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American Hero, 2015, starring Stephen Dorff. Another odd, low budget, indie superhero movie. Dorff plays Melvin, a 30-ish, pathetic loser who hangs out with his other unemployed friends in a poor section of New Orleans, getting high and drunk all the time, while also trying to be in his young son's life . He has few redeeming qualities, other than his love for his mother and friends,  classical music, and great literature. However, Melvin was born with the gift of telekinesis, which all his friends are aware of, but he never puts it to any practical use until one day when he sobers up and decides to clean the drug dealers out of the neighborhood. It's not for everyone, and there's no real cathartic ending, but I really liked it.

The Chase

A 1966 film with Brando, Jane Fonda, Robert Duvall, Robert Redford and directed by Arthur Penn. Sounds like a safe bet, right? Nope. Other than Fonda being very hot there are no redeeming features of this flick. And how the hell did Brando ever con the world into believing he was a good actor?

The Private Life of Sherlock Holmes

Directed by Billy Wilder??? with no actors I recognized other than Chistopher Lee. Not bad though.

@steve8 posted:

The Chase

A 1966 film with Brando, Jane Fonda, Robert Duvall, Robert Redford and directed by Arthur Penn. Sounds like a safe bet, right? Nope. Other than Fonda being very hot there are no redeeming features of this flick. And how the hell did Brando ever con the world into believing he was a good actor?

When I was in the video biz I used to call these movies, "How bad can they be movies."  "It's got so and so and it's directed by so and so, so how bad can it be?

FWIW, I disagree with your comment on Brando, he just wasn't in that many good movies. My favorite is often listed as his, and John Houston's worse, Reflections in a Golden Eye.

@steve8 posted:

The Private Life of Sherlock Holmes

Directed by Billy Wilder??? with no actors I recognized other than Chistopher Lee. Not bad though.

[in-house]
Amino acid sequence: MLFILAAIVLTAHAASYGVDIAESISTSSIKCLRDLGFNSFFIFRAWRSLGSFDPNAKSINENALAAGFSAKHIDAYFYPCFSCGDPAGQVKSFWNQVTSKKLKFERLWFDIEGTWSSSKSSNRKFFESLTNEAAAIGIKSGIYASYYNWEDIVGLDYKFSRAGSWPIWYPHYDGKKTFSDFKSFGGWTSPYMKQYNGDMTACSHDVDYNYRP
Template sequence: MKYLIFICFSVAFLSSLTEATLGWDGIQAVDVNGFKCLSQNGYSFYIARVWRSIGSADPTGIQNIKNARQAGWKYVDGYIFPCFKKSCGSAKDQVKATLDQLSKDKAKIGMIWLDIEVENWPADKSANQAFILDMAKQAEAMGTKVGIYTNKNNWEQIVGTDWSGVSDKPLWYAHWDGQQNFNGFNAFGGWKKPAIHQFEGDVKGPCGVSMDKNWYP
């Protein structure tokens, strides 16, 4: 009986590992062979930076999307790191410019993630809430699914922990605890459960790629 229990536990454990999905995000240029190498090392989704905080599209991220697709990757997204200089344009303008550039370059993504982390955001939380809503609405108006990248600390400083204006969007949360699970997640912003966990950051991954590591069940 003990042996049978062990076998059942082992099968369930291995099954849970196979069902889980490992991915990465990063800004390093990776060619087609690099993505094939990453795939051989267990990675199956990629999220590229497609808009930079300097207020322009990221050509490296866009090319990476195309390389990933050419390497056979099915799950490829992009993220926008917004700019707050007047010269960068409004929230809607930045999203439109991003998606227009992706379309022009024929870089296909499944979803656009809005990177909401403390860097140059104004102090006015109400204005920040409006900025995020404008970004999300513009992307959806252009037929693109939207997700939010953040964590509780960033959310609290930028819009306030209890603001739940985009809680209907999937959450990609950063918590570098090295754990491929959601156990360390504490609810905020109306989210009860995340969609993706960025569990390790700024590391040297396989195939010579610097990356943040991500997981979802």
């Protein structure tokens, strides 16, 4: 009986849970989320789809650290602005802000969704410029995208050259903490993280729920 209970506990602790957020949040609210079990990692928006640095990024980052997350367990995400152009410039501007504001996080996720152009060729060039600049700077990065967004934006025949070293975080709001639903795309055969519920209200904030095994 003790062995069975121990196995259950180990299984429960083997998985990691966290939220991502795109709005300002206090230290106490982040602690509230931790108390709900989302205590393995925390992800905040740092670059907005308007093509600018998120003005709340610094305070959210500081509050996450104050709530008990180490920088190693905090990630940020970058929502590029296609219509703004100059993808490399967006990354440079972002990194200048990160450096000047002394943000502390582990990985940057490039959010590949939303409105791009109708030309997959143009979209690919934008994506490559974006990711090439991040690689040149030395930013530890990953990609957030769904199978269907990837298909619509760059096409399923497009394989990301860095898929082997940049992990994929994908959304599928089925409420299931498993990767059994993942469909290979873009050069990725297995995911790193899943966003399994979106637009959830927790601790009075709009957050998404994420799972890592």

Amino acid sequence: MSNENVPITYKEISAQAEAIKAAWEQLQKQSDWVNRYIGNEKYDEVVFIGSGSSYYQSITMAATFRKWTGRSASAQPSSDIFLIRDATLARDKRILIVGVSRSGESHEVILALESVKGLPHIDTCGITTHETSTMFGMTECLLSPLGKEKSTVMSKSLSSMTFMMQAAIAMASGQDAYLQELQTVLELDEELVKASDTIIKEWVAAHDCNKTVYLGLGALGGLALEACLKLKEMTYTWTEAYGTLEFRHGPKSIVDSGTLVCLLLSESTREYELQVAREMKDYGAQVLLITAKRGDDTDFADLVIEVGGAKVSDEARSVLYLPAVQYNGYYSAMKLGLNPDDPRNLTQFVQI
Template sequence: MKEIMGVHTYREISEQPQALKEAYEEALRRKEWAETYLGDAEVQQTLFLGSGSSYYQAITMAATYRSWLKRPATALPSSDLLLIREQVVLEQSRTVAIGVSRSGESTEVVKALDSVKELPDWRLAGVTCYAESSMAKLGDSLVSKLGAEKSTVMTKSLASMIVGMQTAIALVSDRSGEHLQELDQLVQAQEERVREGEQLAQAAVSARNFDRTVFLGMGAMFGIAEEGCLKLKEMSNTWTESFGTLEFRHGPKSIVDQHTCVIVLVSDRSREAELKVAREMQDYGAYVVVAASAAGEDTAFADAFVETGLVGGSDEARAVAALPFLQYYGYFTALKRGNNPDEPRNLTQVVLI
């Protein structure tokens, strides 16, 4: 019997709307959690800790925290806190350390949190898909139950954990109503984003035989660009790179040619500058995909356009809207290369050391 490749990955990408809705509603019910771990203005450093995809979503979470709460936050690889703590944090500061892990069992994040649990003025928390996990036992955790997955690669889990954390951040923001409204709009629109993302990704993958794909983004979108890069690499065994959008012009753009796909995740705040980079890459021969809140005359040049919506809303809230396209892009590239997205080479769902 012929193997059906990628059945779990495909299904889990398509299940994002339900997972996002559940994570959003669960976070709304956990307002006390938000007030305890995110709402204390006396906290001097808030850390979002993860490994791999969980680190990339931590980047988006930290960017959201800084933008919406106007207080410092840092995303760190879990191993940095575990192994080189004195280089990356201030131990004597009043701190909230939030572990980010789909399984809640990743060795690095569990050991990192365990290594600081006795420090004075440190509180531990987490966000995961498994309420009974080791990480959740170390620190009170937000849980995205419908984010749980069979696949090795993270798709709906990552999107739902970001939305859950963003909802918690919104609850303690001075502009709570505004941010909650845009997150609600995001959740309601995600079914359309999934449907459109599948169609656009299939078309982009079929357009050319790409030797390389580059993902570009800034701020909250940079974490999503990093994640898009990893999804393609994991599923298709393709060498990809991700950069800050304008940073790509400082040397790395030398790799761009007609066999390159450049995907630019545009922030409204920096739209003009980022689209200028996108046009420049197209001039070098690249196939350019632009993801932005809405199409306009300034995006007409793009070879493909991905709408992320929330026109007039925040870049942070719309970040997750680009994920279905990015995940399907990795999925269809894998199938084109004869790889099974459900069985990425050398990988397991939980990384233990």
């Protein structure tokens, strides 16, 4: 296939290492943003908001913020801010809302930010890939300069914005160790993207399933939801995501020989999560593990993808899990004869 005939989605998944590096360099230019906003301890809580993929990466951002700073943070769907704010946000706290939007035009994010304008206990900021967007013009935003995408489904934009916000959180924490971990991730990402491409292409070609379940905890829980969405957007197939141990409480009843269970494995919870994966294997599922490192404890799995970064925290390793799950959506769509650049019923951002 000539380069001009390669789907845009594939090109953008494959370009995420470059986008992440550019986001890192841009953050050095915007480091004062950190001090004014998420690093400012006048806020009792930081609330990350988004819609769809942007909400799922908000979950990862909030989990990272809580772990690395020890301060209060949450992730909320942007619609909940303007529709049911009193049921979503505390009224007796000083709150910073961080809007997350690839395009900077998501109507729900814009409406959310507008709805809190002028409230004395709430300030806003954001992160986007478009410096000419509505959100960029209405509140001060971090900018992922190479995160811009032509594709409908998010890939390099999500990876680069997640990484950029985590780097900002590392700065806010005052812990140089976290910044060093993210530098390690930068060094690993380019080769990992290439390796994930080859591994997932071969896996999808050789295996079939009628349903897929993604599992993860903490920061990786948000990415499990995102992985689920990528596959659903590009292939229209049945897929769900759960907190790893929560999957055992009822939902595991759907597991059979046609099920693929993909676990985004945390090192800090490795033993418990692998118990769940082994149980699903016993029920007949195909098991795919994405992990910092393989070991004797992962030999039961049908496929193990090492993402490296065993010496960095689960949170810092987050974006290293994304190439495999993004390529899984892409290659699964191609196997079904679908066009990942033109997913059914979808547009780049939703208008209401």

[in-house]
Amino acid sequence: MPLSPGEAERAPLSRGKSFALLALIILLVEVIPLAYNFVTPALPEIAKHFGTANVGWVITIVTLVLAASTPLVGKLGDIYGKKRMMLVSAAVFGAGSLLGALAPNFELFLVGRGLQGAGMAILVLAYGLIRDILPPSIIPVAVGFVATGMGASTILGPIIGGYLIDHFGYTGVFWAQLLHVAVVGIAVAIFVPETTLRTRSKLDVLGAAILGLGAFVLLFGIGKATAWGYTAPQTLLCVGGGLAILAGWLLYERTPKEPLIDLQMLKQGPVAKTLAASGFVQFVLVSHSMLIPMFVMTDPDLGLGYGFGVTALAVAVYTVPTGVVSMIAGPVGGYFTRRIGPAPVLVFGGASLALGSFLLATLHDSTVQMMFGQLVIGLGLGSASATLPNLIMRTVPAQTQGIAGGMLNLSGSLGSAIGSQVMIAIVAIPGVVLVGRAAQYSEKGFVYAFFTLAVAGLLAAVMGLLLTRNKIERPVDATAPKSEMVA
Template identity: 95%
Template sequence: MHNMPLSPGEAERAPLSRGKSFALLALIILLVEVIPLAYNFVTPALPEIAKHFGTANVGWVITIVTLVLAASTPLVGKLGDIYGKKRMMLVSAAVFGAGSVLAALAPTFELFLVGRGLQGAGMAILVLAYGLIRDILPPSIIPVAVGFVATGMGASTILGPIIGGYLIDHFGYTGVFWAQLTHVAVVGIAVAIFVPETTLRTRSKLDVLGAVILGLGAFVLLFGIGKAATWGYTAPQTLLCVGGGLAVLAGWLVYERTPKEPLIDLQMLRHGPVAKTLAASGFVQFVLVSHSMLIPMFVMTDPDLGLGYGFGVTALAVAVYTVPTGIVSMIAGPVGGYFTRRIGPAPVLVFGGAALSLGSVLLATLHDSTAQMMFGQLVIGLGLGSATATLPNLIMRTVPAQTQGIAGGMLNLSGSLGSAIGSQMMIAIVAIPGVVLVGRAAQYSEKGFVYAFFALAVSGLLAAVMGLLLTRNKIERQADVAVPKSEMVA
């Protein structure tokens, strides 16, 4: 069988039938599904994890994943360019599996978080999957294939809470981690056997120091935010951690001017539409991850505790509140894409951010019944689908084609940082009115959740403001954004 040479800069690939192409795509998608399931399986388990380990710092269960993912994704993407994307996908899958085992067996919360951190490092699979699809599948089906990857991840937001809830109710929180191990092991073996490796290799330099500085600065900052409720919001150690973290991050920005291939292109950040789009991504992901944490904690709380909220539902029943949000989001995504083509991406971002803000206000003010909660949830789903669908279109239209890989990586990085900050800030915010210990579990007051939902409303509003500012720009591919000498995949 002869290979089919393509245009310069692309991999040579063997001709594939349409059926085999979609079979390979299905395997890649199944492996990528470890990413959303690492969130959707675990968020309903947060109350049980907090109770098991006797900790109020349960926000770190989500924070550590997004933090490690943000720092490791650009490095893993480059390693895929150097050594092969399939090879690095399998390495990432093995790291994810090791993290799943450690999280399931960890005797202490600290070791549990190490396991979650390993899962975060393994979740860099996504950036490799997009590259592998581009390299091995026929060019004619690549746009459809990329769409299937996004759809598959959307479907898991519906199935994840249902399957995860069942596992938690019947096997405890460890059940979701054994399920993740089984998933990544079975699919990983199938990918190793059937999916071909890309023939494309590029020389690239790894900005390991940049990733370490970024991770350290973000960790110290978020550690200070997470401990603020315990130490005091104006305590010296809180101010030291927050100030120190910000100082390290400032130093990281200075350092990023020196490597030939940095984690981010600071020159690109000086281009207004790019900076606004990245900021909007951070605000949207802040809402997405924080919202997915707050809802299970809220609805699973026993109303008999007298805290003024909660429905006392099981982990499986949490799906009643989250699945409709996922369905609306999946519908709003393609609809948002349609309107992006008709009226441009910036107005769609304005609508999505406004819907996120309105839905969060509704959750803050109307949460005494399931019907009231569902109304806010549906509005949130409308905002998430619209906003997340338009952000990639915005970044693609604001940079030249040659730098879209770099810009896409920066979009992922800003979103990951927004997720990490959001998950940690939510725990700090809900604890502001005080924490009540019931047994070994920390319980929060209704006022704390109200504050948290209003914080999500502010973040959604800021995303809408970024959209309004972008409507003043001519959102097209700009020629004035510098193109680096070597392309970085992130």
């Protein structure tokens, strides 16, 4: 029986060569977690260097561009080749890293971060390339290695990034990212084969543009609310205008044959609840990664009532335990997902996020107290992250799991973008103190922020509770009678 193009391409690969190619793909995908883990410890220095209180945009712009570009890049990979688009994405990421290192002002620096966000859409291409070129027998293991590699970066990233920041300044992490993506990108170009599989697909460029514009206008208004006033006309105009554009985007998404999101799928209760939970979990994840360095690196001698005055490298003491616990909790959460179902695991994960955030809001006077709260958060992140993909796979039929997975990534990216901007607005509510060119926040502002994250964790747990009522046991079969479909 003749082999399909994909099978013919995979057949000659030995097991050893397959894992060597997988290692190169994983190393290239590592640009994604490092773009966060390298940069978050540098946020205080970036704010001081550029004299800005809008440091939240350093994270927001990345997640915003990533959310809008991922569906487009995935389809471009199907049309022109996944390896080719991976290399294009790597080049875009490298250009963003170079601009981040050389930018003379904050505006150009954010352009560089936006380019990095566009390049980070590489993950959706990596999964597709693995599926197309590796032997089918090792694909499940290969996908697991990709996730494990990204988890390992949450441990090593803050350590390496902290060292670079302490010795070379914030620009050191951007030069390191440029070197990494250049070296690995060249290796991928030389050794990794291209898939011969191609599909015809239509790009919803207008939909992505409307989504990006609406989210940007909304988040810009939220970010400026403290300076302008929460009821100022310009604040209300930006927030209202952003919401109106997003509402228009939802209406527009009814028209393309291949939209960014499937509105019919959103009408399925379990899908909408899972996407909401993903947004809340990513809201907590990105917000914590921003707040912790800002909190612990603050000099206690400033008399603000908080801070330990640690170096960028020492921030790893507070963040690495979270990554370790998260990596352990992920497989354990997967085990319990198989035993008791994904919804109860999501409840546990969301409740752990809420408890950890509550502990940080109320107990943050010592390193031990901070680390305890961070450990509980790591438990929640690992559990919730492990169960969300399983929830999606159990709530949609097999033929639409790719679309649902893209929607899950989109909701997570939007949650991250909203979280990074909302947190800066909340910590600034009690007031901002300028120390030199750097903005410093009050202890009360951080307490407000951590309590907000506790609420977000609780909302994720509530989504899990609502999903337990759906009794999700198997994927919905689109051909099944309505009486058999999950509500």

Certainly one of the worst of the great Billy Wilder's films. Especially bad because of the attempt to throw a question in there about the relationship between Holmes and Watson. There are a few other recognizable actors in the movie. Particularly notable is Clive Revill who played the guest murderer in the last Columbo episode from its original run.

As for old men and their pronouncements about art, mine is just taking Sturgeon's law one step more.

@The Old Man posted:

When I was in the video biz I used to call these movies, "How bad can they be movies."  "It's got so and so and it's directed by so and so, so how bad can it be?

I would nominate A Guide for the Married Man in that category. Starred Walter Matthau and Robert Morse, with cameos by Lucille Ball, Jack Benny, Sid Caesar, Art Carney, Wally Cox, Jayne Mansfield, Terry-Thomas, and others. Directed by Gene Kelly. Should've been a slam dunk, but it is the biggest misfire I've ever seen.

@mneeley490 posted:

I would nominate A Guide for the Married Man in that category. Starred Walter Matthau and Robert Morse, with cameos by Lucille Ball, Jack Benny, Sid Caesar, Art Carney, Wally Cox, Jayne Mansfield, Terry-Thomas, and others. Directed by Gene Kelly. Should've been a slam dunk, but it is the biggest misfire I've ever seen.

Great call. I saw this in downtown Chicago when it came out (my classmates hung out at Old Orchard Shopping Mall but I would head downtown to see first run movies.) I kind of enjoyed it, but then I was barely a teenager. I've never been able to watch more than five minutes of it since then. It is truly a horrible and offensive movie.

The Fortune Cookie

Wilder, Matthau and Lemmon in fine form.

Possessor

I didn't realize who directed this until the final credits rolled. Brandon Cronenberg. The apple did not fall far from the tree. In fact since his father's last several films have mellowed I'd say Jr. has picked up where dad left off about 15 years ago.

Thanks to TCM I finally got around to seeing all the films in Satyajit Ray's "Apu Trilogy"; I'd only seen the first one, the incredible, sensitive, inside view of India that startled "art house" film aficionados, 1955's, Pather Panchali. After seeing the second and third one, Aparajito and The World of Apu I will just say these films are at the top of any list of great movies.